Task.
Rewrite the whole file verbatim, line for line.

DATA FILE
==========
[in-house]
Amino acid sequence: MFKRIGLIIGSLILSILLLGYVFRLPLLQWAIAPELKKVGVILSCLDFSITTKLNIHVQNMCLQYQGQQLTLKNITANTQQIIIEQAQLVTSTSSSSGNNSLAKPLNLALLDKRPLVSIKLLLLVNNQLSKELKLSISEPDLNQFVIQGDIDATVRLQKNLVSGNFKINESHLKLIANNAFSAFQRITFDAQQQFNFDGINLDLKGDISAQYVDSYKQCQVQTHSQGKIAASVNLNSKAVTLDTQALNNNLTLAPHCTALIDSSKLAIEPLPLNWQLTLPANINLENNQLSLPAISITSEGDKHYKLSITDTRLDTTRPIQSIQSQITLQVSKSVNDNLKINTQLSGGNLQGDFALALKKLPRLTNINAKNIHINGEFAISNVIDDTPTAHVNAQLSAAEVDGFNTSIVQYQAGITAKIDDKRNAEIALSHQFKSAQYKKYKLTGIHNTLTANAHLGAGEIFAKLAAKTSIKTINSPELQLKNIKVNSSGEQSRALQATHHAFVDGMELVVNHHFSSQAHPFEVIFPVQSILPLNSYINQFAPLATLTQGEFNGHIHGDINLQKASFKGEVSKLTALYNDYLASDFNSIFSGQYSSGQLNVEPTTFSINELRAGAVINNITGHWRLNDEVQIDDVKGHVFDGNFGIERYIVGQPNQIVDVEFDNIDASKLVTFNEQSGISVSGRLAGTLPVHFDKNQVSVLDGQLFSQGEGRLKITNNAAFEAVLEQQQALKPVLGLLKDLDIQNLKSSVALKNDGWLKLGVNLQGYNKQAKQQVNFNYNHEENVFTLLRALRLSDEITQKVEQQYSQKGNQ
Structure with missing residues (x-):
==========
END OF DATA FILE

[in-house]
Amino acid sequence: MFKRIGLIIGSLILSILLLGYVFRLPLLQWAIAPELKKVGVILSCLDFSITTKLNIHVQNMCLQYQGQQLTLKNITANTQQIIIEQAQLVTSTSSSSGNNSLAKPLNLALLDKRPLVSIKLLLLVNNQLSKELKLSISEPDLNQFVIQGDIDATVRLQKNLVSGNFKINESHLKLIANNAFSAFQRITFDAQQQFNFDGINLDLKGDISAQYVDSYKQCQVQTHSQGKIAASVNLNSKAVTLDTQALNNNLTLAPHCTALIDSSKLAIEPLPLNWQLTLPANINLENNQLSLPAISITSEGDKHYKLSITDTRLDTTRPIQSIQSQITLQVSKSVNDNLKINTQLSGGNLQGDFALALKKLPRLTNINAKNIHINGEFAISNVIDDTPTAHVNAQLSAAEVDGFNTSIVQYQAGITAKIDDKRNAEIALSHQFKSAQYKKYKLTGIHNTLTANAHLGAGEIFAKLAAKTSIKTINSPELQLKNIKVNSSGEQSRALQATHHAFVDGMELVVNHHFSSQAHPFEVIFPVQSILPLNSYINQFAPLATLTQGEFNGHIHGDINLQKASFKGEVSKLTALYNDYLASDFNSIFSGQYSSGQLNVEPTTFSINELRAGAVINNITGHWRLNDEVQIDDVKGHVFDGNFGIERYIVGQPNQIVDVEFDNIDASKLVTFNEQSGISVSGRLAGTLPVHFDKNQVSVLDGQLFSQGEGRLKITNNAAFEAVLEQQQALKPVLGLLKDLDIQNLKSSVALKNDGWLKLGVNLQGYNKQAKQQVNFNYNHEENVFTLLRALRLSDEITQKVEQQYSQKGNQ
Structure with missing residues (x-):